Roger Boisjoly, an aerospace engineer who warned that tragedy could result if NASA's space shuttle Challenger launched in cold weather, has died at the age of 73.
Boisjoly's warnings went unheeded, and Challenger was destroyed 73 seconds after liftoff on Jan. 28, 1986, killing all seven astronauts onboard. An investigation later attributed the disaster to a failed seal on one of the shuttle's solid rocket boosters. Cold weather prevented a rubber O-ring from maintaining its seal, allowing hot gas to leak and damage the shuttle's external fuel tank.
About six months before the disaster, Boisjoly — an engineer at Morton Thiokol, the firm that built the boosters — wrote a memo warning that freezing temperatures could lead to this nightmare scenario.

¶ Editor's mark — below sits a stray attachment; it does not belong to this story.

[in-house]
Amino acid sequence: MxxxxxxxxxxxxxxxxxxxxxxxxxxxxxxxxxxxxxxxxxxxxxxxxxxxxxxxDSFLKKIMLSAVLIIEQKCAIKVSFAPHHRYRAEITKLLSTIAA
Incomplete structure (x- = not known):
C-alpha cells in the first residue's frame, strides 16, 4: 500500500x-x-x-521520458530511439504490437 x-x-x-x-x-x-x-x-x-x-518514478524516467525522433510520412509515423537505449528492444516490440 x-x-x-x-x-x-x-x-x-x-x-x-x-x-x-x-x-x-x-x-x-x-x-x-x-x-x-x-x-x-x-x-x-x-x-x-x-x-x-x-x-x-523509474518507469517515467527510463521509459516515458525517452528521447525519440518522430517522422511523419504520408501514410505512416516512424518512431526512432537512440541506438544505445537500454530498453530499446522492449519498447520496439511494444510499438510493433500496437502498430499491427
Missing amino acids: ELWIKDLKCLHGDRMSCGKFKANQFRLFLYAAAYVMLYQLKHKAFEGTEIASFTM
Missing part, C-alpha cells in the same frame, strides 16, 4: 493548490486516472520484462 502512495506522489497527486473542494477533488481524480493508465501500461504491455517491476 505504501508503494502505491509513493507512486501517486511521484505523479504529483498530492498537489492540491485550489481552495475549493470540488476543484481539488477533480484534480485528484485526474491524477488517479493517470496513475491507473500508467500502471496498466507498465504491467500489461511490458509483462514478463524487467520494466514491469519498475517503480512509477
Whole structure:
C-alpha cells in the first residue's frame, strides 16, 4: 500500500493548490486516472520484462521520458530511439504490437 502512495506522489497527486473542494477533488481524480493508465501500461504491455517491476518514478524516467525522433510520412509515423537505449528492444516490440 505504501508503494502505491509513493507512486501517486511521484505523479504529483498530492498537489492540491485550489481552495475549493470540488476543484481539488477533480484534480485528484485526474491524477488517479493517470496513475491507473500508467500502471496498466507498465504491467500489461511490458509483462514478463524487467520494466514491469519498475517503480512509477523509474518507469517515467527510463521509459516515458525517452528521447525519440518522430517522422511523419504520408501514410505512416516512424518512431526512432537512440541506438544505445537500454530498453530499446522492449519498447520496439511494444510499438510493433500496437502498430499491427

"The result would be a catastrophe of the highest order — loss of human life," Boisjoly wrote, according to the Associated Press.
Boisjoly and several colleagues reiterated their concerns the night before Challenger's launch, which was scheduled for an uncharacteristically frigid day at NASA's Kennedy Space Center in Florida. However, Morton Thiokol higher-ups overruled the whistleblowers and gave NASA the go-ahead, the AP reported.
Boisjoly testified before the presidential commission that investigated the Challenger tragedy. Later, he said his whistleblower status profoundly affected his personal and professional life, with both neighbors and workmates giving him the cold shoulder.
"When I realized what was happening, it absolutely destroyed me," Boisjoly told the AP in 1988. "It destroyed my career, my life, everything else. I'm just now getting back to the point where I think I'll be able to work as an engineer again."
Boisjoly died of cancer Jan. 6 in Nephi, Utah, about 40 miles (64 kilometers) south of Provo. He was born in Lowell, Mass., on April 25, 1938. He is survived by his wife of 49 years, Roberta, along with two daughters and eight grandchildren, according to the AP.